Uh huh.  Check back in mid-April to see how Dear Leader feels that morning, after he checks the morning papers and sees how Democrat polls for the midterm elections are looking, before you make any assumptions about how “narrow” the conditions for deadline extension will become.  It’s not as if the Affordable Care Act is a “law” in any meaningful sense; they can change it on a whim, as the winds of political fortune shift.  They’ll probably do some more shifting as the embarrassment of the latest deadline extension takes a toll on the ObamaCare perpetrators up for re-election this year.

The uncertainty created by these constant illegal rewrites of the Affordable Care Act is more than just an annoyance for confused American citizens.  It has serious financial repercussions for the business community – especially the insurance industry, whose business model is heavily based upon the anticipation of future trends.  Executives have already thrown up their hands and begun talking about doubling and tripling the already sky-high premiums for ObamaCare policies, in part because of Obama’s constant tinkering with the rules.  Among other problems, these deadline extensions and individual-mandate waivers increase the danger that healthy customers will hold off on buying insurance until they get sick – the doomsday scenario in an environment where insurance must be sold regardless of pre-existing conditions.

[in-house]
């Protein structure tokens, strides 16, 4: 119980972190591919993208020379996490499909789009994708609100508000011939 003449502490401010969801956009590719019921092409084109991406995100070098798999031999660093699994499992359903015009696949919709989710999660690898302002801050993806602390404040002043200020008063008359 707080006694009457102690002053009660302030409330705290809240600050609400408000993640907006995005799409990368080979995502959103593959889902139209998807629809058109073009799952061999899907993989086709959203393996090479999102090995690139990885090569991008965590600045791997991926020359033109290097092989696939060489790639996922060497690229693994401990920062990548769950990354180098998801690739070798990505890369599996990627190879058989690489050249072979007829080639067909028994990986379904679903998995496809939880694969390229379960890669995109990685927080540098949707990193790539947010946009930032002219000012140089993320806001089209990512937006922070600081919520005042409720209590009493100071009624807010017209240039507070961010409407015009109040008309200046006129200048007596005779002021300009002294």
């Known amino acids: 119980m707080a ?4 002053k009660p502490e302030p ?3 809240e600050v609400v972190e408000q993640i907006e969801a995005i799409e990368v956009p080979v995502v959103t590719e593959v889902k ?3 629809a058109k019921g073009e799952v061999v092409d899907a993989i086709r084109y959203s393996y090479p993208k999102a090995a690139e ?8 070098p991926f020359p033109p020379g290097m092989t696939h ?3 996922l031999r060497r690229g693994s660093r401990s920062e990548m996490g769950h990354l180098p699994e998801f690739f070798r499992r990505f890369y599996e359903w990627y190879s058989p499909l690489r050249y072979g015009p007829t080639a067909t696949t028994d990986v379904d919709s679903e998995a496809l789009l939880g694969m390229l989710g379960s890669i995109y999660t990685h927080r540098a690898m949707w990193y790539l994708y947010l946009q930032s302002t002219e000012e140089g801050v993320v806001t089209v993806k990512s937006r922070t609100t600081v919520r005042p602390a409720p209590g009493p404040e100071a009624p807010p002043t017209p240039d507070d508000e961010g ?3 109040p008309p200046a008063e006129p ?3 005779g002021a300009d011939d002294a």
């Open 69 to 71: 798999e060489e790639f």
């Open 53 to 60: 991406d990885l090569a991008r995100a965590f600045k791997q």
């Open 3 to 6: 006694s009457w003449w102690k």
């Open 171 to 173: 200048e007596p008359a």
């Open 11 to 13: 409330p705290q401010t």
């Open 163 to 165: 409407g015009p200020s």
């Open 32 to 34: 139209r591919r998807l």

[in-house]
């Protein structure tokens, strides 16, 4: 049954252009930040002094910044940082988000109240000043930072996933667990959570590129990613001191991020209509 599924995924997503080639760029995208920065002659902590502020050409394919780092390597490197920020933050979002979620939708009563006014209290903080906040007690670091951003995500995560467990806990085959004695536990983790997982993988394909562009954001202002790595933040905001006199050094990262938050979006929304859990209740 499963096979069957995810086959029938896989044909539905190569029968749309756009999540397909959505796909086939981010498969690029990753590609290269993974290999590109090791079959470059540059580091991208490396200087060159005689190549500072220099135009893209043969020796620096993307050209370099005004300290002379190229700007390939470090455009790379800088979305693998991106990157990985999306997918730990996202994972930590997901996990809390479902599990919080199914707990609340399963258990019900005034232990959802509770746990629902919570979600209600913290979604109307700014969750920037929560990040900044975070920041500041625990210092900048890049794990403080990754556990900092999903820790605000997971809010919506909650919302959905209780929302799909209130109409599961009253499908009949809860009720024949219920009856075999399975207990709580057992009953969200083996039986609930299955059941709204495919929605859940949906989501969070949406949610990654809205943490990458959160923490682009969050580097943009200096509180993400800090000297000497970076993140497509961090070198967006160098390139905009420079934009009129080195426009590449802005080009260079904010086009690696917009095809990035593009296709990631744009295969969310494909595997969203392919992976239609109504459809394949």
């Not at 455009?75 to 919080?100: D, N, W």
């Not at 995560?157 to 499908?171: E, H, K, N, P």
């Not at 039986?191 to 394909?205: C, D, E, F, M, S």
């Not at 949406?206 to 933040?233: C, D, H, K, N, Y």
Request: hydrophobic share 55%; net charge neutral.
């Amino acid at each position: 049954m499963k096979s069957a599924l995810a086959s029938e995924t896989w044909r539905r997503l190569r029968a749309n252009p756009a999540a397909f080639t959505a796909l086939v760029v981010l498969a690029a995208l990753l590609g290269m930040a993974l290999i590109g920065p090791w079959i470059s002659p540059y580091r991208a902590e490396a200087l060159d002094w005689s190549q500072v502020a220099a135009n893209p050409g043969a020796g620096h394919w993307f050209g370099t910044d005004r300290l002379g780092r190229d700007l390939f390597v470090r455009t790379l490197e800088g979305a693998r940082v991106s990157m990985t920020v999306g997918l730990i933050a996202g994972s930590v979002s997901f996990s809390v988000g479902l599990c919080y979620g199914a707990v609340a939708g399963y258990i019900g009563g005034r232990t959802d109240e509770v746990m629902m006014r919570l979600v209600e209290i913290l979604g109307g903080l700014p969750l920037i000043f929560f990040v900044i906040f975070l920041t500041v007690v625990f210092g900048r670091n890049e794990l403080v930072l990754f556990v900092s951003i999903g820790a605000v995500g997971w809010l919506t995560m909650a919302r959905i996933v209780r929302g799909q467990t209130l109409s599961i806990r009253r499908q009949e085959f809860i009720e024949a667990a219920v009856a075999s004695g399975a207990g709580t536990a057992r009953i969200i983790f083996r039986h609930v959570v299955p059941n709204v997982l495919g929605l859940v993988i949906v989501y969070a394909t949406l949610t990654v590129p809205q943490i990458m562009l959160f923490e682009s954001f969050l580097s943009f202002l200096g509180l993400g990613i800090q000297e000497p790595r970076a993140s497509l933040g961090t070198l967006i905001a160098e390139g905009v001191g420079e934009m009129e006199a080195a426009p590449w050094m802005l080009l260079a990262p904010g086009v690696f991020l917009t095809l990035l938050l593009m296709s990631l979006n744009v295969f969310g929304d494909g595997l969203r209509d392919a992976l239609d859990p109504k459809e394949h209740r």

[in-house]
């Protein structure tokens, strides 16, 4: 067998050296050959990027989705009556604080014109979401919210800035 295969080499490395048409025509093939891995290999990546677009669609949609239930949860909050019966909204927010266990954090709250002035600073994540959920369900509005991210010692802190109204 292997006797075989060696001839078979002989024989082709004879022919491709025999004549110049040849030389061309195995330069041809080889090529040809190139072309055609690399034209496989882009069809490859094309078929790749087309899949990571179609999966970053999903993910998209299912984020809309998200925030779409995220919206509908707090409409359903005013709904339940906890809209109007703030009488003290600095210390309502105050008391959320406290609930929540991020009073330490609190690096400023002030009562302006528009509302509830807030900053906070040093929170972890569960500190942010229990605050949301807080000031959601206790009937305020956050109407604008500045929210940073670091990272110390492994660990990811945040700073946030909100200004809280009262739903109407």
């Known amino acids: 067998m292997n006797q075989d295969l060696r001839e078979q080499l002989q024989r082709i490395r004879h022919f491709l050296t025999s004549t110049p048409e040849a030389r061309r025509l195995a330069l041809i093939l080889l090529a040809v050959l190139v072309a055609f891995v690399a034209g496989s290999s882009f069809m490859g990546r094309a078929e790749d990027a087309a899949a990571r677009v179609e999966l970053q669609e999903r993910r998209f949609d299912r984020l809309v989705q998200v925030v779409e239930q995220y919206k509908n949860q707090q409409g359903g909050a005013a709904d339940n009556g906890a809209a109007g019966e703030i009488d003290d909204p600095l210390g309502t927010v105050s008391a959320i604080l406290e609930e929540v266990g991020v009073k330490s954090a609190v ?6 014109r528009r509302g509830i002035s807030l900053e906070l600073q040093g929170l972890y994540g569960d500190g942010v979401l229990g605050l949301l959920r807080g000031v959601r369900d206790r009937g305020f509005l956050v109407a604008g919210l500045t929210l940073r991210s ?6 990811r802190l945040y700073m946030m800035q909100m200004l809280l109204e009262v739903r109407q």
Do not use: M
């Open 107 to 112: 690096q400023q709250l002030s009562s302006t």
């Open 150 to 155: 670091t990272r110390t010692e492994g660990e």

And the ObamaCare wrecking ball has yet to slam into the vastly larger market for employer-provided insurance.  Just imagine how may rewrites the non-law will suffer when that drama begins unfolding this year, and those shaky Democrat poll numbers go into free fall.  Every line of the Affordable Care Act remains written in pencil, and the people holding the erasers lie to us every time they make a public statement or deliver congressional testimony.  We should end this farce by formally extending every ObamaCare deadline to March 31, 2525.

Update: House Speaker John Boehner (R-OH) on the latest ObamaCare delay: “What the hell is this, a joke?”  (Video courtesy of the Washington Free Beacon.)